THE ARCHITECTURE OF COMPLEXITY: FROM THE CELL TO THE WORLD WIDE WEB AND FROM BUDAPEST TO INDIANA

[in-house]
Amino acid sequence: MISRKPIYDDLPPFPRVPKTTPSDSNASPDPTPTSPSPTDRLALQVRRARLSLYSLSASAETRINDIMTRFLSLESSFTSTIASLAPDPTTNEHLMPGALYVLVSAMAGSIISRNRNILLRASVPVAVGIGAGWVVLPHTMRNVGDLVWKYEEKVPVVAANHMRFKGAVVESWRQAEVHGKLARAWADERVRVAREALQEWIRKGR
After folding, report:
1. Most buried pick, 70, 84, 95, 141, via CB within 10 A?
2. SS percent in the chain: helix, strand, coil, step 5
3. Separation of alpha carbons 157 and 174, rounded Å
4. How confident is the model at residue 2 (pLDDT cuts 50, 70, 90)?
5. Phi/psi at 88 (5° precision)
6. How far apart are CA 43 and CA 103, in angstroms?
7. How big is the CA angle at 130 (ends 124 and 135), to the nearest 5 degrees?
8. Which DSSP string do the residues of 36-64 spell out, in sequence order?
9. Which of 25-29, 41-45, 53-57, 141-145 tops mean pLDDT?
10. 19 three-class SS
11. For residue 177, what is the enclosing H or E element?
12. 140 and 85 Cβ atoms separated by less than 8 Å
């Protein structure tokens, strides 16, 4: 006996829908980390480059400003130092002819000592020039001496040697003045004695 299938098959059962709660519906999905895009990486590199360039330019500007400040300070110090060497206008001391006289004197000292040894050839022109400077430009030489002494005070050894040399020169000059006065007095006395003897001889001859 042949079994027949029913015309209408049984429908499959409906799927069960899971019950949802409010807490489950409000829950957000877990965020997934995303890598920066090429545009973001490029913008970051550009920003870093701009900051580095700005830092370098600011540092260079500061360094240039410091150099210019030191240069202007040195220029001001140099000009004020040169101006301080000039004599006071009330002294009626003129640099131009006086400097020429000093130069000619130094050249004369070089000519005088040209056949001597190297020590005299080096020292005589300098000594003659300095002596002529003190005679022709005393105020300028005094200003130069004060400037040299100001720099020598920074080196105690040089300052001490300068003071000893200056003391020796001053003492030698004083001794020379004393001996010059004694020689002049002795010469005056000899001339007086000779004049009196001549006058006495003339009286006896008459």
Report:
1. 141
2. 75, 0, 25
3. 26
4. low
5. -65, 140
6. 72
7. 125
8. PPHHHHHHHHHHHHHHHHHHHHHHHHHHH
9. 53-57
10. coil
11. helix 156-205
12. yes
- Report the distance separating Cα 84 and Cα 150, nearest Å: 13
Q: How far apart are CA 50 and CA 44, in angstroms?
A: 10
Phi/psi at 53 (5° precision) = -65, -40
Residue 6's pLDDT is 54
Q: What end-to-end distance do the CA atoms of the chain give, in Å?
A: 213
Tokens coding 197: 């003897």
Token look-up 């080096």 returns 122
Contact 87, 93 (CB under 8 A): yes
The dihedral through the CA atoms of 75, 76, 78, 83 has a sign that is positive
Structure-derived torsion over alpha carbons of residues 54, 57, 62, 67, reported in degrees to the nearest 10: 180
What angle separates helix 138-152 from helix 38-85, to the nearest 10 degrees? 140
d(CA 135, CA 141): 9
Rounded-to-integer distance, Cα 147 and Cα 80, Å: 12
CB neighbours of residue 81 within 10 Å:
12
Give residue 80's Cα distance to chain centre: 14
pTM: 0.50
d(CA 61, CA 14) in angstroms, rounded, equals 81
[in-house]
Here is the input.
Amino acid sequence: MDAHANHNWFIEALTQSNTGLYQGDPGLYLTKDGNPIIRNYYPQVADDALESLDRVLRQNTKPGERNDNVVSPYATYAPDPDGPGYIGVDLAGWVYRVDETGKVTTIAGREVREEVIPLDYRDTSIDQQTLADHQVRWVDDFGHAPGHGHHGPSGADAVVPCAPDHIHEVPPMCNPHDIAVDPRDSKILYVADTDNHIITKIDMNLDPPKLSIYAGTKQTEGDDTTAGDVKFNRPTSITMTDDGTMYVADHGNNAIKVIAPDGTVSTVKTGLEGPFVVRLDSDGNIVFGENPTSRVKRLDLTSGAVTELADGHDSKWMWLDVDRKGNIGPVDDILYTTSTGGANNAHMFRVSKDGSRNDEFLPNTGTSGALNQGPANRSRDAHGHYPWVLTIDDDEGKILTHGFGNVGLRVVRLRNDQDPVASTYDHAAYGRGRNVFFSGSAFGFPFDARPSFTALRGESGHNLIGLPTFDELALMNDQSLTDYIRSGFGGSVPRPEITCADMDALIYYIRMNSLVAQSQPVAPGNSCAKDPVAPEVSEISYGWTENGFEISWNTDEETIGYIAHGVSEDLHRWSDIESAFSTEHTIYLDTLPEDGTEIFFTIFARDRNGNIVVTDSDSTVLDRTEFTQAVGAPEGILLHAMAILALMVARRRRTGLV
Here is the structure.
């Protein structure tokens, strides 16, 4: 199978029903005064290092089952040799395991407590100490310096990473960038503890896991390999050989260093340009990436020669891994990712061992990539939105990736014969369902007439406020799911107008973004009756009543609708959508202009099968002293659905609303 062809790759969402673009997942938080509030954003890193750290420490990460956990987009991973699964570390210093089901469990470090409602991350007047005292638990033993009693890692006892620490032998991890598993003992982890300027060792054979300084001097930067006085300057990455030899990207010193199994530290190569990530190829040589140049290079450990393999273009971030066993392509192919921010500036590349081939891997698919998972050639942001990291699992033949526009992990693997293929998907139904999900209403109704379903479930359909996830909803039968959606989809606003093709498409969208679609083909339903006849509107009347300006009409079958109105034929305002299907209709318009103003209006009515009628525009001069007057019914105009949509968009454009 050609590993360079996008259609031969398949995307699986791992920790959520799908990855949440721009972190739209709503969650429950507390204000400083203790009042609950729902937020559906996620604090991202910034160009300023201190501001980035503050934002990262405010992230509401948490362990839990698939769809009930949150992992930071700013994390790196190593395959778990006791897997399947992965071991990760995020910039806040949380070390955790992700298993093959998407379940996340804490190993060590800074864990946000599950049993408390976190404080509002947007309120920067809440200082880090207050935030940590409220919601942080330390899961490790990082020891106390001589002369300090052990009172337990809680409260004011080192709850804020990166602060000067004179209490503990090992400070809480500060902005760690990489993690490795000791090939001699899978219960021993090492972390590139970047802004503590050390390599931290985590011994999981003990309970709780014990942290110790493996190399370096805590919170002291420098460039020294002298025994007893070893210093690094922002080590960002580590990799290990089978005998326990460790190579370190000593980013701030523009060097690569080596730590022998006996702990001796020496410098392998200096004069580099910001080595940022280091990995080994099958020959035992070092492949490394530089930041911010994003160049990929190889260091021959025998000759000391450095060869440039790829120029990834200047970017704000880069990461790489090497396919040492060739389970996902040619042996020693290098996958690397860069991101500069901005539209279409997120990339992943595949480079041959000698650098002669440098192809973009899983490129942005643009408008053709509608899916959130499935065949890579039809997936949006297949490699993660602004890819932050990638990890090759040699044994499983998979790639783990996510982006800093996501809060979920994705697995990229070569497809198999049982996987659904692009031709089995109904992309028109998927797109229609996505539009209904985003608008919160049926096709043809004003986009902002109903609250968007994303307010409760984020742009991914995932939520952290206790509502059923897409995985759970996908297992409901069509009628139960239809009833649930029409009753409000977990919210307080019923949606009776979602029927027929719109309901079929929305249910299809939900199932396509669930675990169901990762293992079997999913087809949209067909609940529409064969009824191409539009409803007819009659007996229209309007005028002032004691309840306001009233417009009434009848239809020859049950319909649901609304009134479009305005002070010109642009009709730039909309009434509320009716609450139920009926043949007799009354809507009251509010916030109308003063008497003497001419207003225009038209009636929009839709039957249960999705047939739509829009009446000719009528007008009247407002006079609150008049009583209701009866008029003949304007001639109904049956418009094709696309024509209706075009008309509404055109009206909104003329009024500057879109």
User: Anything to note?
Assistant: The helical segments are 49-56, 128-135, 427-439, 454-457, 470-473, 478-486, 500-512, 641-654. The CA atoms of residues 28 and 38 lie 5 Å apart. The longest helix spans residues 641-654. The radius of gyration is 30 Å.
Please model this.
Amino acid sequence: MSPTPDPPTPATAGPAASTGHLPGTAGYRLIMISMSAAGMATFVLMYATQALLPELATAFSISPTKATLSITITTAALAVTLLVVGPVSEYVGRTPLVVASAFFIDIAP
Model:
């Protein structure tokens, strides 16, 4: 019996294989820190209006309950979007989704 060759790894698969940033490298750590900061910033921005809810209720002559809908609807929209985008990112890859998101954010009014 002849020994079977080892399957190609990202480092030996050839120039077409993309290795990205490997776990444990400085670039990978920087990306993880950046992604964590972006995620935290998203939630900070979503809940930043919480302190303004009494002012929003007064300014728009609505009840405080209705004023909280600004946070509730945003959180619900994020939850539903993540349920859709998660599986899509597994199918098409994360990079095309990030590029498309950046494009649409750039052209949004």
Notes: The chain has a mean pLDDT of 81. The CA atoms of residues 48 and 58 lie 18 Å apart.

Networks with complex topology describe systems as diverse as the cell, the World Wide Web or the society. The emergence of most networks is driven by self-organizing processes that are governed by simple but generic laws. The analysis of the metabolic and protein network of various organisms shows that cells and complex man-made networks, such as the Internet or the world wide web, share the same large-scale topology. I will show that the scale-free topology of these complex webs have important consequences on their robustness against failures and attacks, with implications on drug design, the Internet's ability to survive attacks and failures, and our ability to understand the functional role of genes in model organisms. I will also demonstrate how networks take us from Budapest to Indiana, with a number of prominent Hungarian contributions along the way.